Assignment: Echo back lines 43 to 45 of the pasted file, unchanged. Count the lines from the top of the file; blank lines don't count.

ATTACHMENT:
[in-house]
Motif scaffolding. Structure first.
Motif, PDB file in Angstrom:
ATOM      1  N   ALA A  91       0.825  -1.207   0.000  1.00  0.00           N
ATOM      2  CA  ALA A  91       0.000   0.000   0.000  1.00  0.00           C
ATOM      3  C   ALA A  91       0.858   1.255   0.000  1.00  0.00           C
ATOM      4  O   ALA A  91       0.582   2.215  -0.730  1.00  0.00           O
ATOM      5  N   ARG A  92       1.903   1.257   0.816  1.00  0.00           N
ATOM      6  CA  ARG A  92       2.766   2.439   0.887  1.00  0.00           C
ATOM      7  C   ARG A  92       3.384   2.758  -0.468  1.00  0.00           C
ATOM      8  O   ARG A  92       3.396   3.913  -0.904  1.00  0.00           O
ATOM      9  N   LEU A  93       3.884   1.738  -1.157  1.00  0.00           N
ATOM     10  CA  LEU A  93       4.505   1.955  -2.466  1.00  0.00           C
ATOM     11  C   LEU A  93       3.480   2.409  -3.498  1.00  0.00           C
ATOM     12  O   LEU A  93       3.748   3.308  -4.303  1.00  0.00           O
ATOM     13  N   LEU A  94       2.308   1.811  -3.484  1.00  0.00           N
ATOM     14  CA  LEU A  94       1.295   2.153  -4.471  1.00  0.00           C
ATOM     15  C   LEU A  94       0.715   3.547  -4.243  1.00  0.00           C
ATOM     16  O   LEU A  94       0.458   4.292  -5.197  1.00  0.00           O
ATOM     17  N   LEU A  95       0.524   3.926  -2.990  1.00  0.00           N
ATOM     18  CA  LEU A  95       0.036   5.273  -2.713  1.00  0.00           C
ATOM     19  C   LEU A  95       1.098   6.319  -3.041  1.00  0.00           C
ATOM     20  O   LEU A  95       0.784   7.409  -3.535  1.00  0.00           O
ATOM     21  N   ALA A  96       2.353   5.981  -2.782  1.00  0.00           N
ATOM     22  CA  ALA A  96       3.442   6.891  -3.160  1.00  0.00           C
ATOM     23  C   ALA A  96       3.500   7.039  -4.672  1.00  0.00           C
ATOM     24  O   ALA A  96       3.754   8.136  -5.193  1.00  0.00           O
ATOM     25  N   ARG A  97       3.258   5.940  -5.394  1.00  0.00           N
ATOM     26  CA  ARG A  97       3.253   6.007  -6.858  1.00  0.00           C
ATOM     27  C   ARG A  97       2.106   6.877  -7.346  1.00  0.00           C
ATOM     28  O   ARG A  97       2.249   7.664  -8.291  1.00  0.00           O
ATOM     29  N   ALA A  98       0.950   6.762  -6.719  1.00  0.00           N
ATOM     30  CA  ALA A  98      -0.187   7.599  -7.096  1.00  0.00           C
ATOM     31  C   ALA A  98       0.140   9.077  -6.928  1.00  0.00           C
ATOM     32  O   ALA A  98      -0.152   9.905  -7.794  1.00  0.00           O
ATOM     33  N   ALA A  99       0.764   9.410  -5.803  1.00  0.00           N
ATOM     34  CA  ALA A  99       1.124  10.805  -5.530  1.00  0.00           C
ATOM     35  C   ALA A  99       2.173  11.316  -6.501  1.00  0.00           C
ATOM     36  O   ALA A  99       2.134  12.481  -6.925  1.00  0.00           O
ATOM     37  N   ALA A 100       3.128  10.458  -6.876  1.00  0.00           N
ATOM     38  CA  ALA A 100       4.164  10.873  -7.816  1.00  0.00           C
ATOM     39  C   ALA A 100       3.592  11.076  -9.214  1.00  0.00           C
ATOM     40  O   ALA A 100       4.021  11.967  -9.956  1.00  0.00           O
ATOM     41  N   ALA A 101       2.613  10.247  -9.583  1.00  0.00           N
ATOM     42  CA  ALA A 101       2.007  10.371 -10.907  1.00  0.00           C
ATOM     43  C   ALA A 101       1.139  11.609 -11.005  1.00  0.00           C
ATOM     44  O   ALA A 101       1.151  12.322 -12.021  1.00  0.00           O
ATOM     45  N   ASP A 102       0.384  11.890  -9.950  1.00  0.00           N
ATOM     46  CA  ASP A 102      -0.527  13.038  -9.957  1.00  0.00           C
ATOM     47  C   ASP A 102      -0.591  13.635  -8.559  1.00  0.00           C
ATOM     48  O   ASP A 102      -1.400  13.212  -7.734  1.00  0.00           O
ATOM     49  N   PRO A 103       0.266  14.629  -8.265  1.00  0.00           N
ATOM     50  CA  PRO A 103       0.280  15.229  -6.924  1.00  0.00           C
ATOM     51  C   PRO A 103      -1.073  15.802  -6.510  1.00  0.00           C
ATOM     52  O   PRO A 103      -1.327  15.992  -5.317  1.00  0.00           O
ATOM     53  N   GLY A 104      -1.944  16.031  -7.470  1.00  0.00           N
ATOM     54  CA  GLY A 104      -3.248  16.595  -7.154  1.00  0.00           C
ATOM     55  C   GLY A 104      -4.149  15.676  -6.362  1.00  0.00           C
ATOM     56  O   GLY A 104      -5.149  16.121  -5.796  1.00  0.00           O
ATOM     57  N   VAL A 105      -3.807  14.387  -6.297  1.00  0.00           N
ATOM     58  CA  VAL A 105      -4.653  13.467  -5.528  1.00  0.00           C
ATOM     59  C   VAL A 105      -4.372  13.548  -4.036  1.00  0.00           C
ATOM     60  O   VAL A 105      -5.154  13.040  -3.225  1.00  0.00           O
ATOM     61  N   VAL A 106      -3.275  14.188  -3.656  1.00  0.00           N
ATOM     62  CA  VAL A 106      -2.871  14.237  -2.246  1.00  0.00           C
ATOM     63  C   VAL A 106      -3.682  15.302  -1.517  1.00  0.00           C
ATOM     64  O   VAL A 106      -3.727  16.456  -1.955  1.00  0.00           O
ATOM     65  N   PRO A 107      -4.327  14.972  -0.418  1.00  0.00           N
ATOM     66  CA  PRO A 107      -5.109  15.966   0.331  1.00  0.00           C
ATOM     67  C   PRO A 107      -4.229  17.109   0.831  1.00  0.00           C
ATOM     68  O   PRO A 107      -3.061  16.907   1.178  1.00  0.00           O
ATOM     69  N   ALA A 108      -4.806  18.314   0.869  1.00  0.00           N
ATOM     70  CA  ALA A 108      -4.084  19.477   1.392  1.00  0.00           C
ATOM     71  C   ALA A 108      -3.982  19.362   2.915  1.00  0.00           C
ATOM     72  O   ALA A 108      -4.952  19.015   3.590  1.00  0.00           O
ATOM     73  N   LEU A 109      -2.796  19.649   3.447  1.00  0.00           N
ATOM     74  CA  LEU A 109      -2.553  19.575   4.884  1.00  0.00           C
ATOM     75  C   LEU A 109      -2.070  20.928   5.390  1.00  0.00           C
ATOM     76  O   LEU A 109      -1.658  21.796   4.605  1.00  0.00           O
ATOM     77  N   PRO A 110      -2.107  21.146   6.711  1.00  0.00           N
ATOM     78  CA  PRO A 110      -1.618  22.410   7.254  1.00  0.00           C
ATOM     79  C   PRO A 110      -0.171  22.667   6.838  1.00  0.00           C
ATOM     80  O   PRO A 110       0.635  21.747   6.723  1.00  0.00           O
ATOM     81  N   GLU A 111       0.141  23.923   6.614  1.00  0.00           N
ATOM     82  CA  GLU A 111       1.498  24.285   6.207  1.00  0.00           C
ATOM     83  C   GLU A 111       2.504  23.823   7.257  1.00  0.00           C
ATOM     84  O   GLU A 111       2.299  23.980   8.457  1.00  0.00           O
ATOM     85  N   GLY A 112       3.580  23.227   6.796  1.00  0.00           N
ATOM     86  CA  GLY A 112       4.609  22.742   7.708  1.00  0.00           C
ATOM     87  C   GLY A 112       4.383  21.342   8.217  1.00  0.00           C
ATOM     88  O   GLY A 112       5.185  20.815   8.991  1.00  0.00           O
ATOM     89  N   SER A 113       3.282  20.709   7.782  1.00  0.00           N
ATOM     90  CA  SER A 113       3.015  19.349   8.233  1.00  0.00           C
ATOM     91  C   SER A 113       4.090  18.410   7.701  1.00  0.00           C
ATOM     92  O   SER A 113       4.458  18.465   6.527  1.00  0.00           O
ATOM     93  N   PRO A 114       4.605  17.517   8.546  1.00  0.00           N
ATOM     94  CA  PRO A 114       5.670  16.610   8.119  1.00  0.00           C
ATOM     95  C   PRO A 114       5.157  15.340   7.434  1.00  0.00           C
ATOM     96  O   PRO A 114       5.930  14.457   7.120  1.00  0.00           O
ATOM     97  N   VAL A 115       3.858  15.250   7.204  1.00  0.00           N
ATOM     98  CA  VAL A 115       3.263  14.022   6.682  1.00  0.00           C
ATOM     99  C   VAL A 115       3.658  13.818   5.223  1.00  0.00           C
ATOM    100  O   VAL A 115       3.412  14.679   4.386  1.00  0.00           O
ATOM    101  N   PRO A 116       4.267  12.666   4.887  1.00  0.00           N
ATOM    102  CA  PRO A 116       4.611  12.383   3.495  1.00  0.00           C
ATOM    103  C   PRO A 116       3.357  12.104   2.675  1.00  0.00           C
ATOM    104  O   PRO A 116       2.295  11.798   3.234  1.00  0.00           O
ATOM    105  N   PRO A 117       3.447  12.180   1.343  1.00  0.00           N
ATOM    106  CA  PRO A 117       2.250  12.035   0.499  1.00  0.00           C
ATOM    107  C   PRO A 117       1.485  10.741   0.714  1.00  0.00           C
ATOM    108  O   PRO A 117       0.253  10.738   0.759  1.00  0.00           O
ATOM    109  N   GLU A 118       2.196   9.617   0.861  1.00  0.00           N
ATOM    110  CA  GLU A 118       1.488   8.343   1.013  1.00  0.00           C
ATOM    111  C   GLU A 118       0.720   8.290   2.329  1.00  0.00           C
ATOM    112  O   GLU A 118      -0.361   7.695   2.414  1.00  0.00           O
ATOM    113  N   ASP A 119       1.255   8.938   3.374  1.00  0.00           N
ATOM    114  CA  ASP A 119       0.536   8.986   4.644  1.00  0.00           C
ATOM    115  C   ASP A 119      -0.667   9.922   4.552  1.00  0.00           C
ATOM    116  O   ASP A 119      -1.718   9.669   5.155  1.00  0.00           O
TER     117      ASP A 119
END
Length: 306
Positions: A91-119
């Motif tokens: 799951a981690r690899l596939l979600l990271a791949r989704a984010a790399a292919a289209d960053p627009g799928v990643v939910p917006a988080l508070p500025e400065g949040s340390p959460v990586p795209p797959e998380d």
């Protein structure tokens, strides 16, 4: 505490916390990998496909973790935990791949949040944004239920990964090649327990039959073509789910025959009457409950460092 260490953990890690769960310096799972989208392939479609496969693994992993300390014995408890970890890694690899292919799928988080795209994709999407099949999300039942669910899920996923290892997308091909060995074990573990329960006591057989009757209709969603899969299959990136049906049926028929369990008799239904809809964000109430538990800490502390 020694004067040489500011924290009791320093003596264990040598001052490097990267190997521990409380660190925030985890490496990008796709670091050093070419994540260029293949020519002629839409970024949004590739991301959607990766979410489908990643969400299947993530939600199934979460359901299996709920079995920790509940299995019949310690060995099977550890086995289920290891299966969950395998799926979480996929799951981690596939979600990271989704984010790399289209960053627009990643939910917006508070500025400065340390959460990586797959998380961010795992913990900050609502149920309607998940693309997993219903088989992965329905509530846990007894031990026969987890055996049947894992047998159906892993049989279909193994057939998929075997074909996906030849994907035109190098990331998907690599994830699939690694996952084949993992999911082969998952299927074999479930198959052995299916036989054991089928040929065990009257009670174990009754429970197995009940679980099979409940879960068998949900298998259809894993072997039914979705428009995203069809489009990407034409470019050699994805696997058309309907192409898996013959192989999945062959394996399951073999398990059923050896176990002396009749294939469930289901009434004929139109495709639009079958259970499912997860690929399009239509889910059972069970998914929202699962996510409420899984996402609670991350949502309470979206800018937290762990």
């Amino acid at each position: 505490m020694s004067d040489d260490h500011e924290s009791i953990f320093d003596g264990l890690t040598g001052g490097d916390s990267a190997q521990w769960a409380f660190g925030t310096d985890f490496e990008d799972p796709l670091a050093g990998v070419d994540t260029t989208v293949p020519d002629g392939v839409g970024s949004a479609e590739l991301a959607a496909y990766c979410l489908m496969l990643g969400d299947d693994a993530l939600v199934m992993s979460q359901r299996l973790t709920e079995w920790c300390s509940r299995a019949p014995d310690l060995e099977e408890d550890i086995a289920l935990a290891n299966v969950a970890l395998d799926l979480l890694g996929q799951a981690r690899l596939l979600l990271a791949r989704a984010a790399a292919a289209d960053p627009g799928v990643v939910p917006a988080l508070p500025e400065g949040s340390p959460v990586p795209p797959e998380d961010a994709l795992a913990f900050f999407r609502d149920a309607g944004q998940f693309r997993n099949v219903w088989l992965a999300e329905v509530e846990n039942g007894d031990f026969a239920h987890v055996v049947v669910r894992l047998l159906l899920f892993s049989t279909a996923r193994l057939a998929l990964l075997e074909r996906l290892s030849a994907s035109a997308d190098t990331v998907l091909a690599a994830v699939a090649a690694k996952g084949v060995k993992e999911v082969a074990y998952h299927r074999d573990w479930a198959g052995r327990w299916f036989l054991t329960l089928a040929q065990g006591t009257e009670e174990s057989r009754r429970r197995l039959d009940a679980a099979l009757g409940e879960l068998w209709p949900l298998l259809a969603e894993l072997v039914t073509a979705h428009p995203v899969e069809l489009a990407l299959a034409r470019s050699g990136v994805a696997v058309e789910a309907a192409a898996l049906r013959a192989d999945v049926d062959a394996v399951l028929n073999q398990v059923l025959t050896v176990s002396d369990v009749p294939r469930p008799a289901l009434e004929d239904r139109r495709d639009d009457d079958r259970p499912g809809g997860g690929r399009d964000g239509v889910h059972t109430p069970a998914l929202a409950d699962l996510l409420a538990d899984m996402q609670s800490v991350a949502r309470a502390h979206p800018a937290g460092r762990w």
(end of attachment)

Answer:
ATOM     40  O   ALA A 100       4.021  11.967  -9.956  1.00  0.00           O
ATOM     41  N   ALA A 101       2.613  10.247  -9.583  1.00  0.00           N
ATOM     42  CA  ALA A 101       2.007  10.371 -10.907  1.00  0.00           C